Banks have caught on to this opportunity, and most of them now offer similar services as e-wallets, but will have to find a way to differentiate themselves from the competition. That is why many of the top banks are looking at the potential of new technology to help customize services, especially during the pandemic, when people are isolated at home and need to pay for things remotely. 

More than ever, the banks striving to maintain a lead in this highly competitive environment are investing in innovations that can facilitate cross-institutional payments and enable customers to send or receive money digitally while enhancing the efficiency and security of the payment system. They can also harness the power of data to personalize their services even further. 

The shift toward digital has been given a further boost by the government’s approval of the pilot application for Mobile Money, which would enable small-value goods and services to be paid for by mobile phone credit. The pilot aims to develop non-cash payments and improve the access and use of financial services in less accessible areas.

However, despite this approval six months ago, the impact of the Covid-19 pandemic has delayed the implementation, although telecom operators Viettel, VNPT and MobiFone have already applied for pilot licenses to deploy the initiative.

The uptake of initiatives like this will lead to more convenient shopping for consumers and support for businesses, not to mention quick and transparent remittance flows. It will also improve accessibility to banking services, leading to greater financial inclusion across the country.  

In this new digital future, banks will play a bigger role in payments everywhere, including public transport, which is also going through its own digital transformation. Frictionless payments will also fuel an e-commerce boom, providing gateways for banks to onboard merchants easily and grow their businesses in this area. 

Yet in order for Vietnam to reach its full potential, it needs to invest in the right innovation and influence consumer behaviour through education. Rural areas, which are home to about 60% of the population, have resisted cashless payment. Changing people’s consumption habits and educating them on the possibilities of digital finance provide a crucial foundation to raising consumer confidence and awareness.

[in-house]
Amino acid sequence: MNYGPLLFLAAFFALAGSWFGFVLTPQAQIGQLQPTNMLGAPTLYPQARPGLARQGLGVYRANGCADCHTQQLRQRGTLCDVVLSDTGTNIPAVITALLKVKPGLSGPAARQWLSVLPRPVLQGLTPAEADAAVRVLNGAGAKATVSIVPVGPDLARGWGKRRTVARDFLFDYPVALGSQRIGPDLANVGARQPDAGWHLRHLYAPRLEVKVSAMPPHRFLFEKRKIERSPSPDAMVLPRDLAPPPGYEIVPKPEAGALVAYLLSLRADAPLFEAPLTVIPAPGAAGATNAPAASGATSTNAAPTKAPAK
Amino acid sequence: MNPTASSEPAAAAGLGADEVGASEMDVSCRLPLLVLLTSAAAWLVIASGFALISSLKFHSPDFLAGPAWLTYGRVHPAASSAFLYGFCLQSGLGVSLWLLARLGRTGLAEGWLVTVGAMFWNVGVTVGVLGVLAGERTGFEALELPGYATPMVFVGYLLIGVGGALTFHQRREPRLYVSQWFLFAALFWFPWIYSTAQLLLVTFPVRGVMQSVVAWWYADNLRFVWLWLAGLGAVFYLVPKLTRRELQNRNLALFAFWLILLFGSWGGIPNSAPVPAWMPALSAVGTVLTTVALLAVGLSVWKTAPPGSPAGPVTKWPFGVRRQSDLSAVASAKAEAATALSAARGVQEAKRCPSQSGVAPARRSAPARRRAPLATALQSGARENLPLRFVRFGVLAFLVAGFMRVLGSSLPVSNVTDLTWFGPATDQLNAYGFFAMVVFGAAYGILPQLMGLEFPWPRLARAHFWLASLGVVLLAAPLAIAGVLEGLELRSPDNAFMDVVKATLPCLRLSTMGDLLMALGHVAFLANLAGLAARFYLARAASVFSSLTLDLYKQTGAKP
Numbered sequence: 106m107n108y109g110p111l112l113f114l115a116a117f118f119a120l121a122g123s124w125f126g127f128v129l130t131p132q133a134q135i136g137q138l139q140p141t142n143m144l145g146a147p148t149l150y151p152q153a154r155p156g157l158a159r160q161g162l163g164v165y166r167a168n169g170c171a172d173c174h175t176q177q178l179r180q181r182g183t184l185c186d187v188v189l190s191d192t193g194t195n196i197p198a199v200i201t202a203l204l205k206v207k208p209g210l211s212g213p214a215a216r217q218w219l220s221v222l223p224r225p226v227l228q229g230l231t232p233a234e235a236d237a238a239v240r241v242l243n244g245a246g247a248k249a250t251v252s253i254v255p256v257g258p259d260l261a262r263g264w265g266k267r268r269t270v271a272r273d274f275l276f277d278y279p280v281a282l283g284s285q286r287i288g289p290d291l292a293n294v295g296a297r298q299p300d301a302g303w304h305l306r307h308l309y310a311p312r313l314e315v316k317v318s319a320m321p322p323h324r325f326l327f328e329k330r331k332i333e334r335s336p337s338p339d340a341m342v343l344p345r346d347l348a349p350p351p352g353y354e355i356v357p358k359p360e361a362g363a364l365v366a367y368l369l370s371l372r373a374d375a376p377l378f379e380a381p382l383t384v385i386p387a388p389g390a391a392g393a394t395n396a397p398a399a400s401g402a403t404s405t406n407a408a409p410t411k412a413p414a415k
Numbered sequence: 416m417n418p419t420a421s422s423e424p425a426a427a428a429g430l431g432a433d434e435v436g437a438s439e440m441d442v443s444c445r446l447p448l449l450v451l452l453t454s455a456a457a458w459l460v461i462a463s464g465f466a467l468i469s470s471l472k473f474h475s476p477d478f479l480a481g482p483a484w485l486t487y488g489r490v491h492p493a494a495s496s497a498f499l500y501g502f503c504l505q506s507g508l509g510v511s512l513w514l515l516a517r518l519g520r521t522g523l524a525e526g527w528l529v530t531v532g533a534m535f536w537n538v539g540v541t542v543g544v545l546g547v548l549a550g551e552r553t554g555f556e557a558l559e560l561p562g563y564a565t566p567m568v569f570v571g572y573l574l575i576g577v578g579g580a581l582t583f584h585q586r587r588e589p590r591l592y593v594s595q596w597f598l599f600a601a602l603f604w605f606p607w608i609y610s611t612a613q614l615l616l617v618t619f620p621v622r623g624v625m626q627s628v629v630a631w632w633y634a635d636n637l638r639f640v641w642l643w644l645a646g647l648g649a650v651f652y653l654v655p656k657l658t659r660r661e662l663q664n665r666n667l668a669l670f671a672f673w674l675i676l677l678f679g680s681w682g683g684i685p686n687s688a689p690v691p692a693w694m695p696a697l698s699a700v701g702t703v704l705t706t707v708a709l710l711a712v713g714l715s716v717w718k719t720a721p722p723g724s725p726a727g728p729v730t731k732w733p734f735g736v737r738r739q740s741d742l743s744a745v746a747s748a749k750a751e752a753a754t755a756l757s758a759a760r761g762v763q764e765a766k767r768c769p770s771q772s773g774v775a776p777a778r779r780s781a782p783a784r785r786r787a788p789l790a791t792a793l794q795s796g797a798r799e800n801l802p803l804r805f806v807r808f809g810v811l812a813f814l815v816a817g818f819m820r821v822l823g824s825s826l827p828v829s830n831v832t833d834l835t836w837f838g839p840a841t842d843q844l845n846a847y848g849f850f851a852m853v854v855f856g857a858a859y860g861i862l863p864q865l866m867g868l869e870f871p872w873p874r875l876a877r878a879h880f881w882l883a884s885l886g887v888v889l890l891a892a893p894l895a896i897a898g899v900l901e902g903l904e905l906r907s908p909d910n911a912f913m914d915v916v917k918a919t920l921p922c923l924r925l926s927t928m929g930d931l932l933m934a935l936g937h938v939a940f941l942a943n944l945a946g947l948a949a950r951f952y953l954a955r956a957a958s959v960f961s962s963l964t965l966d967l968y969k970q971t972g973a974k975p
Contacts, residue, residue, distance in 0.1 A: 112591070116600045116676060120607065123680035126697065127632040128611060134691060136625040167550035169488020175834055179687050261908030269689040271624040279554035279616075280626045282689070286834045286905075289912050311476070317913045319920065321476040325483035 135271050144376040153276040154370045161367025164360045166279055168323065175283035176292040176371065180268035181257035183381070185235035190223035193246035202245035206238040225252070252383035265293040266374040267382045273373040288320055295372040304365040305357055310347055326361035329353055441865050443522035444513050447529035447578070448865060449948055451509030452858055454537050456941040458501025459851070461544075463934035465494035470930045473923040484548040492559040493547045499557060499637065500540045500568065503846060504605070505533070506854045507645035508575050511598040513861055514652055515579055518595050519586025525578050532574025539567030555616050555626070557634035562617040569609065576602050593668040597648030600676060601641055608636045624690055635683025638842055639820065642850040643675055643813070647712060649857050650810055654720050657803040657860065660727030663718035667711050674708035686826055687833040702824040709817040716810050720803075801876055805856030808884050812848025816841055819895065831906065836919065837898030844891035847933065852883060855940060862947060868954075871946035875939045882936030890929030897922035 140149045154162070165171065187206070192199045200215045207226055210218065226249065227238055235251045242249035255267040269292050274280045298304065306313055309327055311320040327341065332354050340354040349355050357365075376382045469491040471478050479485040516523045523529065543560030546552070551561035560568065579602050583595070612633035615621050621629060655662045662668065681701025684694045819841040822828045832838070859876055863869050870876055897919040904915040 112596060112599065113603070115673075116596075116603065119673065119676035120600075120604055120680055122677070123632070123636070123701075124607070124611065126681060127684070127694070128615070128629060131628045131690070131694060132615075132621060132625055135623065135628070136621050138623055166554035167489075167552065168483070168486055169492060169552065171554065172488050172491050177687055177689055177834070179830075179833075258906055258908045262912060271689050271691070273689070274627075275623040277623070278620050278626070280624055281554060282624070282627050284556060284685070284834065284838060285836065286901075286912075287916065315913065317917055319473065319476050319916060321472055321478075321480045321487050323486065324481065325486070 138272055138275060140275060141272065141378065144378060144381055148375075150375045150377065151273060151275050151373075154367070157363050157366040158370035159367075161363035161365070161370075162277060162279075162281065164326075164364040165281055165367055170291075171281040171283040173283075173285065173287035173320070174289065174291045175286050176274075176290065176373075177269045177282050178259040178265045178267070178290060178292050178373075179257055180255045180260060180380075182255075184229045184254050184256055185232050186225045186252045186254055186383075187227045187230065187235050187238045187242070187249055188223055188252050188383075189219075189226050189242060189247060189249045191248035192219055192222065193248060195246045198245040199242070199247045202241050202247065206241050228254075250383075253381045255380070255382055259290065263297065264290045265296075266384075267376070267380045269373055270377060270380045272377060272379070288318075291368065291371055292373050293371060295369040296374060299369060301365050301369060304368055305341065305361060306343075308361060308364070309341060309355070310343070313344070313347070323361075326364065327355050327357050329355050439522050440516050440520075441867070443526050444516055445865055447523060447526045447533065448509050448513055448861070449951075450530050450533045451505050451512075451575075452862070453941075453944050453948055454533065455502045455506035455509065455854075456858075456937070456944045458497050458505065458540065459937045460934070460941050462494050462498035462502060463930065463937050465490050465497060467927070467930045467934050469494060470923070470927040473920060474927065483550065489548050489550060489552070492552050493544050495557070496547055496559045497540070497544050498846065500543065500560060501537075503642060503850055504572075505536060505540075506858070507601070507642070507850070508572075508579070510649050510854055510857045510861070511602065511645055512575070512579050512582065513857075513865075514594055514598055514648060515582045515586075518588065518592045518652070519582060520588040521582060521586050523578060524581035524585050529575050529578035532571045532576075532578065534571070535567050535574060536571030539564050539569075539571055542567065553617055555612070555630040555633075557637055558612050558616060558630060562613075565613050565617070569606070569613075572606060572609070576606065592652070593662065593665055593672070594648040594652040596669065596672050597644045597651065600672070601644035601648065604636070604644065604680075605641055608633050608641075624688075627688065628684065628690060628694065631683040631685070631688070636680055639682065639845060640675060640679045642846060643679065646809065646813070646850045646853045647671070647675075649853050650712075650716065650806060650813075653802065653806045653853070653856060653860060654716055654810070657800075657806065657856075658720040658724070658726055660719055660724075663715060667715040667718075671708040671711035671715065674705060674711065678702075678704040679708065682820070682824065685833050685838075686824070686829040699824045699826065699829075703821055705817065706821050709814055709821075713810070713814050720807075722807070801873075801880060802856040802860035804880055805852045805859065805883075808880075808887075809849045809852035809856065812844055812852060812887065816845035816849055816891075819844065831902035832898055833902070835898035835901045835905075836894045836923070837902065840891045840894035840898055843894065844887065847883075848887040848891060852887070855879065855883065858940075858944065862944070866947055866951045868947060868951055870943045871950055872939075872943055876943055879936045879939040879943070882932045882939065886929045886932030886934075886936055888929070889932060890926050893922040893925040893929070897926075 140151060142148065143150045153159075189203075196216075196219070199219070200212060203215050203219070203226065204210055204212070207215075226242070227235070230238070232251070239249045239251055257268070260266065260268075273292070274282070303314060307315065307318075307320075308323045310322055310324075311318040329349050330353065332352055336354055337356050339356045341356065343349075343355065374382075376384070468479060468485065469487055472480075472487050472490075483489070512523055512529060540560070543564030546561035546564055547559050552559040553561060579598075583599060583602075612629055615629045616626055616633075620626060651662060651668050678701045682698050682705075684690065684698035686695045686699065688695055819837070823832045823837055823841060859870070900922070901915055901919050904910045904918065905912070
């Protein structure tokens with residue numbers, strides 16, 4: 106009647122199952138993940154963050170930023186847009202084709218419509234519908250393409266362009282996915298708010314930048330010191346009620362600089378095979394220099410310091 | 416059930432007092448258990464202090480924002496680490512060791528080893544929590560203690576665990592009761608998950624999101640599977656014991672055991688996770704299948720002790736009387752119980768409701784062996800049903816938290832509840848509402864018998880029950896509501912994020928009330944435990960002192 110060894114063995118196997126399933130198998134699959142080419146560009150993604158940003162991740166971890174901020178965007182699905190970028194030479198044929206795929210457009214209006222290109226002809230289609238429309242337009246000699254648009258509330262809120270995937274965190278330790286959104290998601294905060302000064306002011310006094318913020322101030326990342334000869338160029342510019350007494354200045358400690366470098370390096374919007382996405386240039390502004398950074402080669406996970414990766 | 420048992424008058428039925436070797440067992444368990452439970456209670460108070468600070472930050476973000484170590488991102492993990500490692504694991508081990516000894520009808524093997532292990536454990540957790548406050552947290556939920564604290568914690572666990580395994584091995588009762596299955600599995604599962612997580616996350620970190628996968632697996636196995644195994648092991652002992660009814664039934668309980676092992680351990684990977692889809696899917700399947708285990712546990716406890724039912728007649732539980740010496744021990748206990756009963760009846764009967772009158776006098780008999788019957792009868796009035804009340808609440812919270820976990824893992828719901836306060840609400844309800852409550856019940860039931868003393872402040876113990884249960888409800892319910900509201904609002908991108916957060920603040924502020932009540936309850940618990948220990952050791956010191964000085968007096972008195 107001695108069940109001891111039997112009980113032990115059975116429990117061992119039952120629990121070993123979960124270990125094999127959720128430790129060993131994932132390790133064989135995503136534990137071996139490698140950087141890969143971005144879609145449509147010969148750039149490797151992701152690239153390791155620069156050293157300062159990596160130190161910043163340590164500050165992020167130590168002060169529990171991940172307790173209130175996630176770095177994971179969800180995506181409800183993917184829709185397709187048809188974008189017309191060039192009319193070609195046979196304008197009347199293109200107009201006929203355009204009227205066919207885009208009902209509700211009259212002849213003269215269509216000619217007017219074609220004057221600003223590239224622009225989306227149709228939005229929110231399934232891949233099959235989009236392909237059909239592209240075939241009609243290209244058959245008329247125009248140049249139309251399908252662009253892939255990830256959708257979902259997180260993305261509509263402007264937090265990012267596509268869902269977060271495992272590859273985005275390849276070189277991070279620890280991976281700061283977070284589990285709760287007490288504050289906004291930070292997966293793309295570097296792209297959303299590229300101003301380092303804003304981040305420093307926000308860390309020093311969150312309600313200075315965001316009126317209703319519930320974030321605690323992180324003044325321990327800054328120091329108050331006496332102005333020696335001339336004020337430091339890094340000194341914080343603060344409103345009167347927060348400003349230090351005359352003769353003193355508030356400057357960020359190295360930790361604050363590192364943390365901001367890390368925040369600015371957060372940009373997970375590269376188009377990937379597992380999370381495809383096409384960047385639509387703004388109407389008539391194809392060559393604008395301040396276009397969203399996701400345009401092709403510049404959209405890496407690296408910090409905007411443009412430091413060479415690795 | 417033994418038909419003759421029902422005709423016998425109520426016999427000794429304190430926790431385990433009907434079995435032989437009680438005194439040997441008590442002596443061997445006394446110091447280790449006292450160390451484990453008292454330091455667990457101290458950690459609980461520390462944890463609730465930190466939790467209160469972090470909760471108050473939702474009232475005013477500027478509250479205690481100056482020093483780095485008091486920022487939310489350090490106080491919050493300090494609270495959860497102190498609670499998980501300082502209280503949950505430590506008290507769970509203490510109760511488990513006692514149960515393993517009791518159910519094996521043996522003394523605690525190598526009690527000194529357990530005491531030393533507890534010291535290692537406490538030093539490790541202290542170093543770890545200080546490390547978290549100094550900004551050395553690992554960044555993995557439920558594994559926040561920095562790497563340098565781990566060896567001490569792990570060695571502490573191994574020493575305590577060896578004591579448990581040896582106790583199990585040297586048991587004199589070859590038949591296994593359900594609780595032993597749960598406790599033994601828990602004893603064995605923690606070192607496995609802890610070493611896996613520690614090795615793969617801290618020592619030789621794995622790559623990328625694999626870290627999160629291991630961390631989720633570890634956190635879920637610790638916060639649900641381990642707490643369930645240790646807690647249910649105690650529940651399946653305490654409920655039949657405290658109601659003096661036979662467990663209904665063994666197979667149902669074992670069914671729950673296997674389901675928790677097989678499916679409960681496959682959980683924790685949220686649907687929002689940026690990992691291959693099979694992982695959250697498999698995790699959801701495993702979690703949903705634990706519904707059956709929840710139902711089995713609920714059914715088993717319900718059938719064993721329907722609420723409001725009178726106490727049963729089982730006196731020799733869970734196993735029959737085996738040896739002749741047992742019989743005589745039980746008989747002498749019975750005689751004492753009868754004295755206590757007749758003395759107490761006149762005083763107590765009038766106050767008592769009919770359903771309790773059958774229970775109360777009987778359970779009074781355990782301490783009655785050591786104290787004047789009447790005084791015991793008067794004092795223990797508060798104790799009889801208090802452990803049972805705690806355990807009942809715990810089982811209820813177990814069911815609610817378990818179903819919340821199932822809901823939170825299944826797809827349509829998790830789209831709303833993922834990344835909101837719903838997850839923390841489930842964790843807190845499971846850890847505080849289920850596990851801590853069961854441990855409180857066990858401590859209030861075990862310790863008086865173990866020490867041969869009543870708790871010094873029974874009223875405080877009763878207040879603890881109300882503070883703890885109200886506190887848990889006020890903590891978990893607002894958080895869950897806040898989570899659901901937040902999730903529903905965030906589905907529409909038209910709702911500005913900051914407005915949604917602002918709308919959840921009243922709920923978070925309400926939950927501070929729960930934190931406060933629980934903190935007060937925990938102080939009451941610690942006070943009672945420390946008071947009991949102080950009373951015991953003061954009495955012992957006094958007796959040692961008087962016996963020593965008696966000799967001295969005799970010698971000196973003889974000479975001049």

Alongside this, it is crucial to optimize the digital infrastructure currently available in remote areas. The government also needs to develop an open banking system with stronger cooperation among commercial banks, fintech and payment intermediaries.

We at BPC are excited not only to witness all these changes but to play an integral part in creating a rich payment ecosystem and online marketplace that can rival those that are making waves in other countries across Asia and beyond.

Step by step, Vietnamese banking is moving toward cloud-based services, not just for core banking but also for CMS (cash management services) and payment businesses.

BPC has already worked alongside banks in Vietnam to support their digital transformation, applying best practices that have been developed through years of global experience. We are committed to doing more in the country, and to work closely with government, fintechs and regulators to facilitate the country’s transformation journey.

Vietnam has the potential to become a digital leader.

Minh Ha Truong is regional director for Vietnam, Cambodia, Laos and Myanmar at BPC Banking Technologies.